I’m excited to start off the week by sharing some great news- I am starting a new job today!
Starting today, I am officially a government employee working on local programs that offer nutritious meals to older adults in DC. The two programs, providing congregate meals and home-delivered meals, help to reduce food insecurity and hunger among older adults. I am so excited about this position because as much as I love educating people about healthy eating (clearly, since I started this blog to do so!), I have always been very passionate about fighting food insecurity (i.e. not knowing where your next meal will come from). I remember learning about the staggering levels of food insecurity both nationally and overseas and thinking, “I want to be a part of the fight against hunger.” Now is my chance
As I embark on this new adventure, I want to share with you some of the interesting things I learned from my last position. As you may know, I worked as the corporate dietitian for a food service company, analyzing recipes and delivering nutrition education to guests and customers. I loved that I was able to combine my two passions for healthy cooking and nutrition. But I also learned a lot that I didn’t learn in a classroom during school. So here are a few of my biggest takeaways:
Most people are not interested in healthy eating.
Sad fact, but true. As I am often surrounded by friends and family who are interested in healthful eating, I forget that not everyone is! Our company served thousands of people each day, with even larger building populations. I offered free nutrition classes, free cooking demonstrations (see the pic above), free samples, free recipes, and free advice but at the end of the day, I hardly spoke to the majority of our customers. I often joked with my fellow dietitians at work about how many people would walk past us while we sampled a delicious kale salad or fresh quinoa dish, and say “no thanks, that looks healthy.” In seriousness. I used to be shell-shocked when someone would say that, until I realized that was more the norm.
All the comments just showed me that dietitians need to change the perception of “healthy food.” There is still a stigma attached to “healthy” and “dietitian,” which translates these words into “tasteless” and “food police.” We need to convince people that “healthy” should mean “fresh and flavorful.” Dietitians should be thought of as recipe innovators or allies in changing the way you eat. After my most recent job, I think the best way to do this is not to show people how to make their favorite foods healthier, but rather demonstrate ways to prepare healthy and fresh foods so less healthier foods are no longer the go-to option. I no longer believe in telling someone “macaroni and cheese tastes just the same when it is made with low-fat cheese and skim milk instead of cream!” Cause guess what, it is not going be as creamy or taste as good, and this only hurts our case that healthy food can be delicious. Instead, dietitians should introduce new, nutritious, yet flavorful side dish alternatives, rather than trying to replace unhealthy dishes. Our biggest hurdle is trying to convince people that healthy food also is enjoyable; once we do that, the rest will be so much easier.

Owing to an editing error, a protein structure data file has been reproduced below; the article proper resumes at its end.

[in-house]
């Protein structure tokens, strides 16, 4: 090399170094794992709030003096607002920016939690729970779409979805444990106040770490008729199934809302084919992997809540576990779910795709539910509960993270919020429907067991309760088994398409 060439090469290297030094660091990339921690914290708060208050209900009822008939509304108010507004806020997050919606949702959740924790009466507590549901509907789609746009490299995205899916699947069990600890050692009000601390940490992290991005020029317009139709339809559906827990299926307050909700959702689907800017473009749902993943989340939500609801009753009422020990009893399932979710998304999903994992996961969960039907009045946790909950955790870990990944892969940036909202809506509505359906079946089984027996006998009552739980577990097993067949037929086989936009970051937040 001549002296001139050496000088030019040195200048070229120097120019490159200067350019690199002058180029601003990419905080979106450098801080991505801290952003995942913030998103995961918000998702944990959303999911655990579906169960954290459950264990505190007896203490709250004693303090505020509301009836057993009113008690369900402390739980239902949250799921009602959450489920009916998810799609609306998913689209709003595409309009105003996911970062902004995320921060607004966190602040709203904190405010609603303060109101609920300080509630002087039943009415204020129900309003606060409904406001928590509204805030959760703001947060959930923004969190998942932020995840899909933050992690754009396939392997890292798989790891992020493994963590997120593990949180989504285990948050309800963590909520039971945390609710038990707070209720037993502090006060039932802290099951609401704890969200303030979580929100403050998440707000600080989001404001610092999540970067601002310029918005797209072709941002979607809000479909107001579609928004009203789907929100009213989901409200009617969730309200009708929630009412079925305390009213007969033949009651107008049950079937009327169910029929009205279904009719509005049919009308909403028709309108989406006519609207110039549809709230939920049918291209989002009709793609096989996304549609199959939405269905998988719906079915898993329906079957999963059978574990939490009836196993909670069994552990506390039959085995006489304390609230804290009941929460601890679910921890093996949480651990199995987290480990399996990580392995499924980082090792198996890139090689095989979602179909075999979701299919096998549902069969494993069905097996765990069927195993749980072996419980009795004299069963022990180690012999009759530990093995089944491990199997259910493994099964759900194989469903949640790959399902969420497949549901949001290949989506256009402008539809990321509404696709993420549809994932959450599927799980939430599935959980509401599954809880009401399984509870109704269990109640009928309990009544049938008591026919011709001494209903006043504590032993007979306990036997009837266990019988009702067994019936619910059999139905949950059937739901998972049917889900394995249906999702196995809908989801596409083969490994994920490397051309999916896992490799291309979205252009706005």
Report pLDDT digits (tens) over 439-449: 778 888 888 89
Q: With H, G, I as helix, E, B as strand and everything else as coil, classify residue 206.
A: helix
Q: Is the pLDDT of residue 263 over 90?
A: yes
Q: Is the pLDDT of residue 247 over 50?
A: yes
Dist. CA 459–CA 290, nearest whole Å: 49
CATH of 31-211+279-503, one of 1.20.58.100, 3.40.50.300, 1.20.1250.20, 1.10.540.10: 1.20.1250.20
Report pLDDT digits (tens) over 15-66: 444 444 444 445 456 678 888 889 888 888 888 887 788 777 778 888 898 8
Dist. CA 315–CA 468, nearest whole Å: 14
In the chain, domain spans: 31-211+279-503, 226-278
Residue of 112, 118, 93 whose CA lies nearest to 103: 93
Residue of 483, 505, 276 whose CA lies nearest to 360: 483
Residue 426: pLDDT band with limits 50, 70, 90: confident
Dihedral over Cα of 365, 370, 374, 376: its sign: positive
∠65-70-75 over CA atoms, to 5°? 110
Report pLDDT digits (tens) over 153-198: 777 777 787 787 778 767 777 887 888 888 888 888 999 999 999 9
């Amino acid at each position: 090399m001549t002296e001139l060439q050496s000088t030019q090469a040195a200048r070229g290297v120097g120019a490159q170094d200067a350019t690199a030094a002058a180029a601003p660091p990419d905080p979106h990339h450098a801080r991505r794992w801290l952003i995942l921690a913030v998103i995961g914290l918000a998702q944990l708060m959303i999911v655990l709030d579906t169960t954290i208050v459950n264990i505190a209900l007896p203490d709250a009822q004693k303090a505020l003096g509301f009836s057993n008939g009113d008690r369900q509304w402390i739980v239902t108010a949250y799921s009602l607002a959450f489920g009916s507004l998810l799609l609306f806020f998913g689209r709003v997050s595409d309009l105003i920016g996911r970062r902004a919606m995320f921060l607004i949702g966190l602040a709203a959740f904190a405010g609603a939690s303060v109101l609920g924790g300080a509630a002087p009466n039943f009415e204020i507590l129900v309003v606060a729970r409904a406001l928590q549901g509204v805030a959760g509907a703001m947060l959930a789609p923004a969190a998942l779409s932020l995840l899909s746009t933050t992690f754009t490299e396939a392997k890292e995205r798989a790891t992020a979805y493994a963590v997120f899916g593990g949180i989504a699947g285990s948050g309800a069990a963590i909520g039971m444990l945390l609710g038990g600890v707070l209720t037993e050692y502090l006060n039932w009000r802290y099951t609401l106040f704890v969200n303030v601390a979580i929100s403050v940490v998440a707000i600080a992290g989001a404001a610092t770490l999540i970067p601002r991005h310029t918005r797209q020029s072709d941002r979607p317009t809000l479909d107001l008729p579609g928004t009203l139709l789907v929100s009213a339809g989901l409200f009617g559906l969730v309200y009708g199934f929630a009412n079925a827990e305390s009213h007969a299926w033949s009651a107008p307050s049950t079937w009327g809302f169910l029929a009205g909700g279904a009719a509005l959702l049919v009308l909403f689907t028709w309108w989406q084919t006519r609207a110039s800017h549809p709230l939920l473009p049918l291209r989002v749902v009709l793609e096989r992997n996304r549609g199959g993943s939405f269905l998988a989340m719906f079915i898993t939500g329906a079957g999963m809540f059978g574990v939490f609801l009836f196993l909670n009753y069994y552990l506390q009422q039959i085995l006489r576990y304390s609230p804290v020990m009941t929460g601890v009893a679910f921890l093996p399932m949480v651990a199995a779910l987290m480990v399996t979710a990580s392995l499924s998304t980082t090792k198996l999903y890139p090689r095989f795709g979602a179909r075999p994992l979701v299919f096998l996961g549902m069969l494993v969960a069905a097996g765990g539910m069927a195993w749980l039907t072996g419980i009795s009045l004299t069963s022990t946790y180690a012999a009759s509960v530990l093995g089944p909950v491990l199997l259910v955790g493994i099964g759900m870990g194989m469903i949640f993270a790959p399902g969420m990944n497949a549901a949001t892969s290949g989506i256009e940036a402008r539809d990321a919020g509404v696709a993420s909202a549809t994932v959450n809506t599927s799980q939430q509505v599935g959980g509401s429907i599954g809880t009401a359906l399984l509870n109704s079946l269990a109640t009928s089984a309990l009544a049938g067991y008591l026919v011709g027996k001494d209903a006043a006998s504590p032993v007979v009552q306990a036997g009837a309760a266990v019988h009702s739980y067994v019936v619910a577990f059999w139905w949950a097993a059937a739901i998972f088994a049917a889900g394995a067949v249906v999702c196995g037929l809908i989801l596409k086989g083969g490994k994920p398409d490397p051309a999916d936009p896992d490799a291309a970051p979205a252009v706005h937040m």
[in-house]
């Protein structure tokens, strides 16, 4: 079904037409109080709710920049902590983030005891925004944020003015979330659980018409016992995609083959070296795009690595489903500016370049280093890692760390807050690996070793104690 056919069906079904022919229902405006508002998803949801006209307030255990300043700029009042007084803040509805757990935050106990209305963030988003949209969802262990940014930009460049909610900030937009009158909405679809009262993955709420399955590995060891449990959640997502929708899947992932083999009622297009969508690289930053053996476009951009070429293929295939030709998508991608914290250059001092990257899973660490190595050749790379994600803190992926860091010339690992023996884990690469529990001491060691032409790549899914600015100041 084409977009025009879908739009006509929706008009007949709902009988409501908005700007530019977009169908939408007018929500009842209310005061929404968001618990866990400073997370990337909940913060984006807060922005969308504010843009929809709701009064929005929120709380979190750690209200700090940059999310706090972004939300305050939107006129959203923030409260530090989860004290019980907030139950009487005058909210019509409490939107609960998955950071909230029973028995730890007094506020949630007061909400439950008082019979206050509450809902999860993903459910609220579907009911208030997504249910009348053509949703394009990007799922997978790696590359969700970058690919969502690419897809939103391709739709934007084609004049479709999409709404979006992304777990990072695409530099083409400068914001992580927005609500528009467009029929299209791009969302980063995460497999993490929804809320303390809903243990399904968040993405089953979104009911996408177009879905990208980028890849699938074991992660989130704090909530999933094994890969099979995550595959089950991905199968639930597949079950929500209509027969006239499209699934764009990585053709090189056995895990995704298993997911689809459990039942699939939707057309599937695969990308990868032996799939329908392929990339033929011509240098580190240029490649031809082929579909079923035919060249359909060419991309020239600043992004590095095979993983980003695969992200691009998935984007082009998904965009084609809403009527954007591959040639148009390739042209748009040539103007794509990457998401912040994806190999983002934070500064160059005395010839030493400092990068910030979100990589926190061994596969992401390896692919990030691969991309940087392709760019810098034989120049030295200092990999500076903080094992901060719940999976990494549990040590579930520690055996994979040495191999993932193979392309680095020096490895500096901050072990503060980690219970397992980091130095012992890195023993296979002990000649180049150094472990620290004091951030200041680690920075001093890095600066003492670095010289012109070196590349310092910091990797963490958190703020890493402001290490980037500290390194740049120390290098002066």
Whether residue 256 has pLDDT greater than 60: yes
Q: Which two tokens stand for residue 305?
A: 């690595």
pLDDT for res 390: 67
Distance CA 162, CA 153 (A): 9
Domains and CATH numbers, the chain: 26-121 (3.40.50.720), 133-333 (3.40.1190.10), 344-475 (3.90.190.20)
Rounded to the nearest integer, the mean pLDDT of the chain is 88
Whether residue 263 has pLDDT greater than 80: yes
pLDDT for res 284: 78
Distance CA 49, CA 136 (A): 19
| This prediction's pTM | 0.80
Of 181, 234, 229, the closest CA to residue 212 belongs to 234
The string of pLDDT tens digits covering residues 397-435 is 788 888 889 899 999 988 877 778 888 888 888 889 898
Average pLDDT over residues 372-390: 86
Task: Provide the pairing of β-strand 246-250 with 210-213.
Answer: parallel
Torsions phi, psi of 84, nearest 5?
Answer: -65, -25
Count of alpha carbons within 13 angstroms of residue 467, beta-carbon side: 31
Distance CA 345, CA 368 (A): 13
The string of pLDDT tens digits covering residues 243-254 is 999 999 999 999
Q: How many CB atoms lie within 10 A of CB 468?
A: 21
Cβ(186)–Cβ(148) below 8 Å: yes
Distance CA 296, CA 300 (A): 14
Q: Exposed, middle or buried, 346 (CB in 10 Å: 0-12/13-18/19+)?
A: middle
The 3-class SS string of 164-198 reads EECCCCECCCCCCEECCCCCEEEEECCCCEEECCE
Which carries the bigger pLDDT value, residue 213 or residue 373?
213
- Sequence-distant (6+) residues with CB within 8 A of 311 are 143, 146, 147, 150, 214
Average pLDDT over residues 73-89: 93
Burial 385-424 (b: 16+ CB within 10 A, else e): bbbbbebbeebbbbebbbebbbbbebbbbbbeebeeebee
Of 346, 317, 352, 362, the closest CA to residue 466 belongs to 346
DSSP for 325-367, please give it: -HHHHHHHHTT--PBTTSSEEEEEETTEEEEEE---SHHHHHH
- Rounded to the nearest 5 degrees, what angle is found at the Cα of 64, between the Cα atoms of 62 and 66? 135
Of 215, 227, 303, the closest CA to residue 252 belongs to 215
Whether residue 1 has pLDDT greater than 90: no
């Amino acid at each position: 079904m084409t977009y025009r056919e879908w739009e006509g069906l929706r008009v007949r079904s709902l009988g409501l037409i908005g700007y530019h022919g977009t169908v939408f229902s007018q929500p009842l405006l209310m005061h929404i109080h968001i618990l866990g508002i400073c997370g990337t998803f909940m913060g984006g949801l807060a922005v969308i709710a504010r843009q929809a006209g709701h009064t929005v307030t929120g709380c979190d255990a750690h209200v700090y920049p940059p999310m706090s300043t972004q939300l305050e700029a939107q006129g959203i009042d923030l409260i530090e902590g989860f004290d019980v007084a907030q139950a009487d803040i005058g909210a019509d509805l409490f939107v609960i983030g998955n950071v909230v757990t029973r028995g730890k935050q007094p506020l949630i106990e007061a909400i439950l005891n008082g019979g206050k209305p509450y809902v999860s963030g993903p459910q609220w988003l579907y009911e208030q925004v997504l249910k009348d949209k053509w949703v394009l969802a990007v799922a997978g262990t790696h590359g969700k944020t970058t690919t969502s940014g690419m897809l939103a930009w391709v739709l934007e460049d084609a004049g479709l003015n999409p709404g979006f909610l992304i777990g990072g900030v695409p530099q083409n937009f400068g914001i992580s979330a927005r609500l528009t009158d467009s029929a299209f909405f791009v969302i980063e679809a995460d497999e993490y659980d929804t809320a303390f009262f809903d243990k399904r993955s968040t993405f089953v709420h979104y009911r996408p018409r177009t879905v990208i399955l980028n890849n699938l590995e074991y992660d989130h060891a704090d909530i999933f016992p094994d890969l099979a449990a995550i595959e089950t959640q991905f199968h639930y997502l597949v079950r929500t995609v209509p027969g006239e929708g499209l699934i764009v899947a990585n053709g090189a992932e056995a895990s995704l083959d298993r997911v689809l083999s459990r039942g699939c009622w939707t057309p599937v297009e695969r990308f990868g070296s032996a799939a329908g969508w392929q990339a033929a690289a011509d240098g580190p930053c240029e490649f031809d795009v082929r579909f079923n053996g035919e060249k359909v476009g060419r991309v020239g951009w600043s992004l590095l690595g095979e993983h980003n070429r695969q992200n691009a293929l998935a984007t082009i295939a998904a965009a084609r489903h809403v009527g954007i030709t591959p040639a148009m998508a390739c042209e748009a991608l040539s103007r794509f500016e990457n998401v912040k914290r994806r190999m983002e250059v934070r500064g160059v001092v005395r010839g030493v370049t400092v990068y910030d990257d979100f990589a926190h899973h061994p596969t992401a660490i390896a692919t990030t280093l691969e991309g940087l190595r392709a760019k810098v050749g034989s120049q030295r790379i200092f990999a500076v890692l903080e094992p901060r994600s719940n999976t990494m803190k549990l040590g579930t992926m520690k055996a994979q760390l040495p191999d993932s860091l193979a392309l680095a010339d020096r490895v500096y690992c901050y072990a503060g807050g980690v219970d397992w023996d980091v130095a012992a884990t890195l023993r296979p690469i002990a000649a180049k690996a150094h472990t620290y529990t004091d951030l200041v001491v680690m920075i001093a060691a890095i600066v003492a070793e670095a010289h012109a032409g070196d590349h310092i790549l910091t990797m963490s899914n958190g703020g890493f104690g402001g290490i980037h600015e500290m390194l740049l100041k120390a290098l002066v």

There is a lot of confusion about healthy eating.
We have all seen the headlines stating “you can lease 10 pounds a week on this diet!” or “this food is making you fat!” The media loves to publicize the results of a single study that “prove” that one diet is better than the rest. There are also hundreds of personal stories of how a certain diet changed one individual’s life. All this “clutter” just makes it so much harder for people to know what they should eat. I had lots of people tell me during outreach events at work “I gave up all carbs” or “I only eat the meals written out in the diet by this one author.” But why?? Cause a book said to? Or a newspaper article? Or your a celebrity? As dietitians, we need to make sure people use science to make healthy choices, rather than be swayed by popular trends and fad diets.
People want action, not information.
Of all of the customers that participated in our nutrition events, most of them wanted recipes and samples of dishes. I could talk to a customer until I was blue in the face about why whole grains are better than refined grains, but at the end of the day, most customers wanted to try a whole grain dish to see if they liked it or pick up a whole grain recipe to make themselves. I found that our handouts that promoted action, such as “5 Steps to Make a Healthy Dinner” or “How to Store Fruits and Vegetables to Maximize Shelf-Life” were significantly better received than information about the difference between butter and olive oil. Does that mean information and education are not worth it? No, but I think it means that information is better when framed in instructive ways (“roast salmon using olive oil to consume more omega-3 fats that improve your heart-health”) rather than academic ways (“omega-3 fatty acids reduce inflammation and improve blood flow, thereby improving your heart-health”).
I had a great experience working for my last company and I will miss the wonderful people I met. But I am excited for all the new opportunities and experiences that await me at this new job- plus a much easier commute sans driving! I’ll keep you updated and let you know how it goes.